If you are not already familiar with the PechaKucha presentation style, it’s definitely one to take note of. Created in 2003 by Astrid Klein and Mark Dytham of Klein Dytham architecture in Tokyo, this concise form of presentation has since gained major traction and has spread into PechaKucha nights all over the globe. The formula is simple; the presenter shows a total of twenty images and talks alongside each image for a total of twenty seconds. The time limit and strong visuals allow for both immersive spectatorship and focused delivery, making PechaKucha a perfect platform for artists, architects, business owners—creative types, in general. (Though, I think a few of my professors would do well to adopt the style.)
Later this week (Thursday, September 8), Vancouver will be hosting its very own PechaKucha night, on the Granville Island Stage. A whole whack of talented Vancouverites will be in the hot seat, presenting their twenty images and correlating twenty seconds of information with fervour and skill. SAD Mag had the opportunity to talk with PechaKucha participant Brendan Megannety of Explorer’s Press, a brand well known around the city (and elsewhere) for its witty slogans and slick graphics printed on all kinds of goods, including lapel pins, patches, socks, hats, and shirts. Flair, anyone?
SARAH BAKKE: So how did you get involved with PechaKucha?
BRENDAN MEGANNETY: Becki [Chan] had emailed me in February of this year and asked me to present, but I had just undergone surgery and had to say no. And I kind of figured I was off the hook, but then she asked me again, for September.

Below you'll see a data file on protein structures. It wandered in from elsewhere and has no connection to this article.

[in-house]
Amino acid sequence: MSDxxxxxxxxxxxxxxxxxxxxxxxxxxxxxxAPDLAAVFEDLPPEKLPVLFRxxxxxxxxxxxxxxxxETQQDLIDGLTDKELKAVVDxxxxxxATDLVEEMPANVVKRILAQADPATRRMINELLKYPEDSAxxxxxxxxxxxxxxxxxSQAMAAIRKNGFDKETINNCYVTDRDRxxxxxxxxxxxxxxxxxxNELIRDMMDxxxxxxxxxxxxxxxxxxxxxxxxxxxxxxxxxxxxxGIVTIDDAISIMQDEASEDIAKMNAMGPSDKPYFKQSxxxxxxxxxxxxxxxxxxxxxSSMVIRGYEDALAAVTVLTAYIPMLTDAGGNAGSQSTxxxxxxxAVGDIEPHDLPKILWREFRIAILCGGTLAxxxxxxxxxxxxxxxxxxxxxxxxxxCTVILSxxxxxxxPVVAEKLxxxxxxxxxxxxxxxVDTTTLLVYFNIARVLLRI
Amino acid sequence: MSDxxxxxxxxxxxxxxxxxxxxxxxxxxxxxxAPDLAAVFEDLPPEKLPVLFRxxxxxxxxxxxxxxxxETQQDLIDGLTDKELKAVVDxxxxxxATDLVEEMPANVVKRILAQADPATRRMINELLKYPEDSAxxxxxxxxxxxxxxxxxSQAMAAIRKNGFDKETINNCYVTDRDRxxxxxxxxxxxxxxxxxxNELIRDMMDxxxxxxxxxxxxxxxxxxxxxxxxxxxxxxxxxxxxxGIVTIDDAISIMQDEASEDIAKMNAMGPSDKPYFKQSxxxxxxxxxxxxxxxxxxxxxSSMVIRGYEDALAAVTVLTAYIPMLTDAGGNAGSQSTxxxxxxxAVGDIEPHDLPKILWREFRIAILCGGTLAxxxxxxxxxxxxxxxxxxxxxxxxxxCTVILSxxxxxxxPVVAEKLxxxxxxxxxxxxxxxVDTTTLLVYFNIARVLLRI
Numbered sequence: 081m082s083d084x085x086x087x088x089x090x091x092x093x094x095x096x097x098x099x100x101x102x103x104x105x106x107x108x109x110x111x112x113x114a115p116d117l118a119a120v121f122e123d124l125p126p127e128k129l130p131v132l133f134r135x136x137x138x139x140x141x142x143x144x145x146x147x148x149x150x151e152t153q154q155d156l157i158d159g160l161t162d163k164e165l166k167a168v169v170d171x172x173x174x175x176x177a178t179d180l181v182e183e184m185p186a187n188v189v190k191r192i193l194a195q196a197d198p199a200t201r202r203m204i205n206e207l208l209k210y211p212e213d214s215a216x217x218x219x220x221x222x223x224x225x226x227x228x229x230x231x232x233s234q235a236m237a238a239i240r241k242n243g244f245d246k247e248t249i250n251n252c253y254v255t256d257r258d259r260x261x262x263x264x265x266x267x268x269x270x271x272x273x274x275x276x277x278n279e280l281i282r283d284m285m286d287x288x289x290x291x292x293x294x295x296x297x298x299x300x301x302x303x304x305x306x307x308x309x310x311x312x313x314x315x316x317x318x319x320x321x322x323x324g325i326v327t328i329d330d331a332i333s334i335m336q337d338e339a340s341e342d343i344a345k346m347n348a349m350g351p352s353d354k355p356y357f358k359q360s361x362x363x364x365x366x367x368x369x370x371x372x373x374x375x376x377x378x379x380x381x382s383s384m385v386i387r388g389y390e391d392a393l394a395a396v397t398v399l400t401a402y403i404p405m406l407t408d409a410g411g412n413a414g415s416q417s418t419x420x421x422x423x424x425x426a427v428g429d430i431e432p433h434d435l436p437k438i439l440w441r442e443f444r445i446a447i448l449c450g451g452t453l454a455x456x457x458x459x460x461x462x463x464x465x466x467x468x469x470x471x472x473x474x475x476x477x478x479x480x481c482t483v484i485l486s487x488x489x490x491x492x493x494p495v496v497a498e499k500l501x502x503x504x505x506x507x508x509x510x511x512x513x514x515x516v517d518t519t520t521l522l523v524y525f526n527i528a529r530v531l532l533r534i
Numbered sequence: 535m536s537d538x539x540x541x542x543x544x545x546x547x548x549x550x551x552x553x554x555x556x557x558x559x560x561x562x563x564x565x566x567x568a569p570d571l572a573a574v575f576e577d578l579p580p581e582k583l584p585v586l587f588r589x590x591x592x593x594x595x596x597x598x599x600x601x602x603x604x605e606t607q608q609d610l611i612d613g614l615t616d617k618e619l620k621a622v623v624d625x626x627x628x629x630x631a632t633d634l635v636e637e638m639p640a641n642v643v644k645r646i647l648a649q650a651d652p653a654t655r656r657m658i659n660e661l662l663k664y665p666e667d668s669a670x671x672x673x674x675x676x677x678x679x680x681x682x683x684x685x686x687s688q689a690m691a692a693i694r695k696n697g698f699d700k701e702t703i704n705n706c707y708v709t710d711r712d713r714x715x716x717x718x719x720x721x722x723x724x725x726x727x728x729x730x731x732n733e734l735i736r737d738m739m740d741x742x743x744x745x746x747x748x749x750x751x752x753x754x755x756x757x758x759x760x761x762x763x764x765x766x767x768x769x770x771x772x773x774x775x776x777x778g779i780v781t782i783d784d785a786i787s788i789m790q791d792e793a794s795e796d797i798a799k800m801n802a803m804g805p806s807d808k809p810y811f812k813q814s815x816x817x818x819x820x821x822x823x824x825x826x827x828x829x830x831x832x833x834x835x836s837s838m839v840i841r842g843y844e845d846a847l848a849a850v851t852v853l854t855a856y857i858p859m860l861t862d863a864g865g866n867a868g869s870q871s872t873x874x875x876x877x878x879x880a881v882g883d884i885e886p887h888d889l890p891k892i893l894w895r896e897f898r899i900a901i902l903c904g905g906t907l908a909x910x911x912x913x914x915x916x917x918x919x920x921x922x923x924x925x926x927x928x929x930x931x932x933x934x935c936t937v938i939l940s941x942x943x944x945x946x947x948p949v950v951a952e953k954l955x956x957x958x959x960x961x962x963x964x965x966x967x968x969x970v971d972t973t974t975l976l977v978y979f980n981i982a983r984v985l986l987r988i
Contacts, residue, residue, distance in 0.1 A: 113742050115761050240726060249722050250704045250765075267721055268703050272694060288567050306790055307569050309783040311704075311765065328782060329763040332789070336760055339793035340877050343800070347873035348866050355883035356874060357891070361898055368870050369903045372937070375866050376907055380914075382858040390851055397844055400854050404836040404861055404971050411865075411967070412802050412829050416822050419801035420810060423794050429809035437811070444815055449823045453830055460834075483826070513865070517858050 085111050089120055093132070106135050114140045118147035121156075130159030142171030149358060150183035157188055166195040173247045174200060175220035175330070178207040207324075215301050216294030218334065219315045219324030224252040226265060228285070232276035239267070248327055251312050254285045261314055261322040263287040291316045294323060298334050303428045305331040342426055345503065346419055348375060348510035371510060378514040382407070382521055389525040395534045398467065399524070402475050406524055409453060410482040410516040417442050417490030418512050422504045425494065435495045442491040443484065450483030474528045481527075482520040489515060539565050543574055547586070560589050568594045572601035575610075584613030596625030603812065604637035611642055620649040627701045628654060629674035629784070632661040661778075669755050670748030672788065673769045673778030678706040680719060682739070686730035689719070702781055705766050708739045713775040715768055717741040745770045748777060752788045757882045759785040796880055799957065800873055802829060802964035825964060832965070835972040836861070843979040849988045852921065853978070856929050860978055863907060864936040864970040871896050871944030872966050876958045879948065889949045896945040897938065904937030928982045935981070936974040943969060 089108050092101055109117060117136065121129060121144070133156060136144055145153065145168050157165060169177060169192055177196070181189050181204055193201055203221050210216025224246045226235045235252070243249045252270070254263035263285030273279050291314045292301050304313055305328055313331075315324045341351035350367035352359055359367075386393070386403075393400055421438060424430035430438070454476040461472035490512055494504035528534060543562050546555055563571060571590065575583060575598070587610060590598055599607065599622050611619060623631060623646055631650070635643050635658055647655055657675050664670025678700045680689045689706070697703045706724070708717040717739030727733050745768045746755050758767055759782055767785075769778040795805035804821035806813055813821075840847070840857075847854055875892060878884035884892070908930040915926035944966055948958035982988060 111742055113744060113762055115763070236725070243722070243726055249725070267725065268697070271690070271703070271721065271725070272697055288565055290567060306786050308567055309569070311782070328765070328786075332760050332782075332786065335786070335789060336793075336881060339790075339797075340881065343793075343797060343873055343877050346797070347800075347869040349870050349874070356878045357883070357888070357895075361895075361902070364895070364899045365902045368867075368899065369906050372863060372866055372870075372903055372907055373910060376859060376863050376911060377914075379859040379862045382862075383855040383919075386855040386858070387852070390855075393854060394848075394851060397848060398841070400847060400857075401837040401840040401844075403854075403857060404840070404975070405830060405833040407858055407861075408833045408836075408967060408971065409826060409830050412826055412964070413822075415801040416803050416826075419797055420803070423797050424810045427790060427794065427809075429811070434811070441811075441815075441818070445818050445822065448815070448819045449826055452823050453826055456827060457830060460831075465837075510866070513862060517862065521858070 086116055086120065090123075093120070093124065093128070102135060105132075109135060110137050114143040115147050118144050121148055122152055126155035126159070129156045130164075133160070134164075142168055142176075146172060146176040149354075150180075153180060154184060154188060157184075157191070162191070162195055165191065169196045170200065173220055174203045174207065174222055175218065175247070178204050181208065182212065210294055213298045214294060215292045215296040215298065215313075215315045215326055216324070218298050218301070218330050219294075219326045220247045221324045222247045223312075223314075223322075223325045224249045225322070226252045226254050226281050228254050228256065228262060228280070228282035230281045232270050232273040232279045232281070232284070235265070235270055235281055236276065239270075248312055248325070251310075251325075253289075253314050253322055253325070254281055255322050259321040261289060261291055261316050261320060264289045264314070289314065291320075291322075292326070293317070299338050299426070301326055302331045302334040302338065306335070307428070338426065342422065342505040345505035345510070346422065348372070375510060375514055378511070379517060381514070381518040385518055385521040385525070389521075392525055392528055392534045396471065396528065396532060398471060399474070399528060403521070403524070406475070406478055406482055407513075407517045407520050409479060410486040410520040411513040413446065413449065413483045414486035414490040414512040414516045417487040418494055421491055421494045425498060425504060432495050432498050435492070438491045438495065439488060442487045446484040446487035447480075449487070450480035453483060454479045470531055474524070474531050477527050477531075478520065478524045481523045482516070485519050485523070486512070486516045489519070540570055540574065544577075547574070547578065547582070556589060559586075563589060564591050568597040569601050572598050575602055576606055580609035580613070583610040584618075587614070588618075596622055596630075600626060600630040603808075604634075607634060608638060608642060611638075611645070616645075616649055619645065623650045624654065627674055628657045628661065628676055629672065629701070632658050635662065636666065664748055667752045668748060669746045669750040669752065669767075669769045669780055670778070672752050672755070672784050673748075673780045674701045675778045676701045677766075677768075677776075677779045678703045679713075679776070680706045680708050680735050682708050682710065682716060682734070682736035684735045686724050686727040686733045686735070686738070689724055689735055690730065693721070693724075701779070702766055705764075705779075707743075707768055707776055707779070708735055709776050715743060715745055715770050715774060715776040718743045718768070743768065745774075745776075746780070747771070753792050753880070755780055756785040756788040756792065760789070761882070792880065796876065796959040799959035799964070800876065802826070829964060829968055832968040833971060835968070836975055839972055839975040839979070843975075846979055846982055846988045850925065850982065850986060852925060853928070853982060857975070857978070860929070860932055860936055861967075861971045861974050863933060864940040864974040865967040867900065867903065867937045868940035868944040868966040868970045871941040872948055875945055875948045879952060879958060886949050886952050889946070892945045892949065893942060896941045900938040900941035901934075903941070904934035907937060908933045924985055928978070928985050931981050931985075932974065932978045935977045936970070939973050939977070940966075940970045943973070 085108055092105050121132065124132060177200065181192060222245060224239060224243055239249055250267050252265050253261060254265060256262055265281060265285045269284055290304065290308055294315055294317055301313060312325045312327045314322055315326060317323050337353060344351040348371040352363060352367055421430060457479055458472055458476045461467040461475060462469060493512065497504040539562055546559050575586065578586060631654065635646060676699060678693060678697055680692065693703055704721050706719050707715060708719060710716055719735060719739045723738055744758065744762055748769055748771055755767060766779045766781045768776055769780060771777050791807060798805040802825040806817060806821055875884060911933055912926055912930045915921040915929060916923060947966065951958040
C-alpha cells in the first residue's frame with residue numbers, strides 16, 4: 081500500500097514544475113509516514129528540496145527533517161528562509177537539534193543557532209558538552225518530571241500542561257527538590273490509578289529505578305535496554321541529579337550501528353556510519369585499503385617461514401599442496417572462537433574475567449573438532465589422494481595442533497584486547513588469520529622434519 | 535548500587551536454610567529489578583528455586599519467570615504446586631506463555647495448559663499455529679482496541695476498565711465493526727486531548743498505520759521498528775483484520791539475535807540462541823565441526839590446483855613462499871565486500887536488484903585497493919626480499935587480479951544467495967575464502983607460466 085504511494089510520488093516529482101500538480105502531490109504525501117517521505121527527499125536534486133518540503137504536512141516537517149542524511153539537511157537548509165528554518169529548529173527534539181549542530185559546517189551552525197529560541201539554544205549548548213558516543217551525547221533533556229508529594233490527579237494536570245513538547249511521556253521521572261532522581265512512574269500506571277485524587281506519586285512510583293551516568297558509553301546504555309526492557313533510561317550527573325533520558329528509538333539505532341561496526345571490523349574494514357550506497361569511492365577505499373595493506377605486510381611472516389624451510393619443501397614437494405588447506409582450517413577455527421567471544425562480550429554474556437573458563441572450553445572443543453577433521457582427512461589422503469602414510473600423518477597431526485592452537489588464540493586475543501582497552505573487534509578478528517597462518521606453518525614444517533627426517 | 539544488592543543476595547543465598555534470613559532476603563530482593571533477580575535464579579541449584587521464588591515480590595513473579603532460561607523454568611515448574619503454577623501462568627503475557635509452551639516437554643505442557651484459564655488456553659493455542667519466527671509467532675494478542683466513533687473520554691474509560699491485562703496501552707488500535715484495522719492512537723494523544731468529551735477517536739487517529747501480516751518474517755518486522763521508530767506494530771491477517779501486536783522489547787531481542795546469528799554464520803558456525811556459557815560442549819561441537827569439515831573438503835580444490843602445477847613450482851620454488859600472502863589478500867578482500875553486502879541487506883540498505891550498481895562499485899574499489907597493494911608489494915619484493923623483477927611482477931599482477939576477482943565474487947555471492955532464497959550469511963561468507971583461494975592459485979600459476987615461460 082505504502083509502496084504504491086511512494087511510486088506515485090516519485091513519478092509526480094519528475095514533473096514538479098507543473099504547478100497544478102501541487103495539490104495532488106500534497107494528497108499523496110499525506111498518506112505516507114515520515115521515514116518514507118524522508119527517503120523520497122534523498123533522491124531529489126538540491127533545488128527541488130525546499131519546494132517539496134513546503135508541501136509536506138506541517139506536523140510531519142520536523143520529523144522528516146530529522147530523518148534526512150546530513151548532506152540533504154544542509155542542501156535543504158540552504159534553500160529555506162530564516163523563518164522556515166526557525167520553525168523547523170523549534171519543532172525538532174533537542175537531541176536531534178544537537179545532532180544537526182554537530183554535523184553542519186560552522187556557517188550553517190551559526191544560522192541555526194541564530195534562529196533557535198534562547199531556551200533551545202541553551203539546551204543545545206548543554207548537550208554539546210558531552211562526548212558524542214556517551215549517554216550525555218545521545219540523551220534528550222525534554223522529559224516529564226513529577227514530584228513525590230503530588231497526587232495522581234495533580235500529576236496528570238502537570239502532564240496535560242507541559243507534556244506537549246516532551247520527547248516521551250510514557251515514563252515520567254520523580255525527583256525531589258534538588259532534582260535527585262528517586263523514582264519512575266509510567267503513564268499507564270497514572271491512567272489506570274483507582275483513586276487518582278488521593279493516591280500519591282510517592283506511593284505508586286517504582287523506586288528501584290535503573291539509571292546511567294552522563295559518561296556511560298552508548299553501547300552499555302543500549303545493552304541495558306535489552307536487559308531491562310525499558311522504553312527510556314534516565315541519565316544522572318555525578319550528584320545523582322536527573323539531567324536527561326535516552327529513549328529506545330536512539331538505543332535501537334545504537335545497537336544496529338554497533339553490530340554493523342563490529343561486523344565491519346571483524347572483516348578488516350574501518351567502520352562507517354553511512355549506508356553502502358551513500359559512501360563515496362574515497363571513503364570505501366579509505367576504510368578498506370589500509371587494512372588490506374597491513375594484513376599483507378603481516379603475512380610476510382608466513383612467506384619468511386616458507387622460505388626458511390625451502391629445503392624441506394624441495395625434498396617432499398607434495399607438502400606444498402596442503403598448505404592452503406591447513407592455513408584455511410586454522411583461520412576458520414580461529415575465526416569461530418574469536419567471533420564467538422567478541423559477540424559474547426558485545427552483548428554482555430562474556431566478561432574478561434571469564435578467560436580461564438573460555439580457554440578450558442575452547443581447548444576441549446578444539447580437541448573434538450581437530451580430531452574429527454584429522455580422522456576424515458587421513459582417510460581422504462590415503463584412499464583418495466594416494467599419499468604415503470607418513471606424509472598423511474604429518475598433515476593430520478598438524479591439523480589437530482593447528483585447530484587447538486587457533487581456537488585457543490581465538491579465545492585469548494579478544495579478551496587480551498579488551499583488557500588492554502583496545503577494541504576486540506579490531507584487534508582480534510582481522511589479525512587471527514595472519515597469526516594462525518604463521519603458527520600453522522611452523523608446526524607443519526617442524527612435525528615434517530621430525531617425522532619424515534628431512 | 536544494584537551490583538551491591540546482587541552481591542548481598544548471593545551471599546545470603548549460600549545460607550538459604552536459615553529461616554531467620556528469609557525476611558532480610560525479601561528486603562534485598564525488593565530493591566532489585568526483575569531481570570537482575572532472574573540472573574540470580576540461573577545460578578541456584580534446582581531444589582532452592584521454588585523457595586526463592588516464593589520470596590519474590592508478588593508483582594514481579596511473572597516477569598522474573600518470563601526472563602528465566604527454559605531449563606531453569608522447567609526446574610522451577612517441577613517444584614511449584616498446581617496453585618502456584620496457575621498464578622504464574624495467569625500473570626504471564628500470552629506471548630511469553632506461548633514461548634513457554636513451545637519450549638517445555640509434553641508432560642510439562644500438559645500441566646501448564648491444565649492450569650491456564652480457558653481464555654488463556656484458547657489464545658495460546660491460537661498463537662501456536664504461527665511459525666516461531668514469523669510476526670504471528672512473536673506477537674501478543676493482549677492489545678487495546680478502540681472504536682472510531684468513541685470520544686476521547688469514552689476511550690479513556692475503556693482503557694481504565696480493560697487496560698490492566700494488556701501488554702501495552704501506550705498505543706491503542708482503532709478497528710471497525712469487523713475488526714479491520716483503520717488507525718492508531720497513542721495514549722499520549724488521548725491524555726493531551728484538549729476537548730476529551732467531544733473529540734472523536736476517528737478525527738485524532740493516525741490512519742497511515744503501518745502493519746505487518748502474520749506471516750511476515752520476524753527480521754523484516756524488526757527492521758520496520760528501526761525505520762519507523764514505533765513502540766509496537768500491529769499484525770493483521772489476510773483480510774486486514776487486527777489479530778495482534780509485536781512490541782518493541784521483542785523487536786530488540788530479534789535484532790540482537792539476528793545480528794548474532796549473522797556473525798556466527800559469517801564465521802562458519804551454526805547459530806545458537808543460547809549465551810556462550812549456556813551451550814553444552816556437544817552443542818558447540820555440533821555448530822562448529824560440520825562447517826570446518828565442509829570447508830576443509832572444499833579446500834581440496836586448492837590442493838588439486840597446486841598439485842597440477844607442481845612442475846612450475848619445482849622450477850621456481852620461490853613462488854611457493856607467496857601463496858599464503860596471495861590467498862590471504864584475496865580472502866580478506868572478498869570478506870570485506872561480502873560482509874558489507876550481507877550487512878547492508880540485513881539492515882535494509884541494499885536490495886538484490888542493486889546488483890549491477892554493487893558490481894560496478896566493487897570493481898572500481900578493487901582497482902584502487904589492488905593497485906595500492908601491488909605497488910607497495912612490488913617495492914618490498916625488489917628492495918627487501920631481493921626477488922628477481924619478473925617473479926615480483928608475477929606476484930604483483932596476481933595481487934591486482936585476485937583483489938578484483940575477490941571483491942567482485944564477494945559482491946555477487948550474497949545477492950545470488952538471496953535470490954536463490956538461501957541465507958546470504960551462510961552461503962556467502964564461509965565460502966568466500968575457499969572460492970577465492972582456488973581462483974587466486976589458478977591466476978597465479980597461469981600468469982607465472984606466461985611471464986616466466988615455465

SB: Why do you think Explorer’s Press will work well with the PechaKucha format?
BM: I think the biggest thing is that I already have a lot of visual content to back up the presentation. And our presentation isn’t necessarily focused on the brand but more about how I ended up doing a brand as my full time job. I have a lot of good visual content, to hopefully distract people from the fact that I’m not a great public speaker.
SB: This presentation format seems really great for exactly that—if you’re not sure how you want to present, or you don’t have a lot of experience, or whatever it may be, then you have this really great and strict formula to follow.
BM: Yeah, I mean you can’t really just stand there with your jaw down for more than twenty seconds until you have to move on to the next thing, which is kind of nice, and it makes it interesting. Becki also sent over some videos of previous presenters and I watched a few of them. It was a pretty broad range in terms of people’s experience with public speaking and the kind of content, so it should be cool!
SB: So which came first, the lapel pin or the patch?
BM: The patch was the first product I ever made—the “Set No Path” patch. That was the first thing I ever made and sold online. And then we started doing lapel pins maybe six months later?
SB: Going back even further, how did Explorer’s Press get its start?
BM: It’s pretty simple. I used to work as a screen printer, and was also doing some fine arts stuff for myself, like I would do print making in my down time at the screen printing shop that I worked at. I was self-publishing zines and doing photography—stuff like that. Then I just ended up making the patch, the “Set No Path” patch, as something to throw in with zines and to trade with people at art shows. But when I put it on Tumblr back in 2012, it got a bunch of traction. So many people were asking me where they could get it. So I made a little online store, and that’s kind of what ended up becoming Explorer’s Press.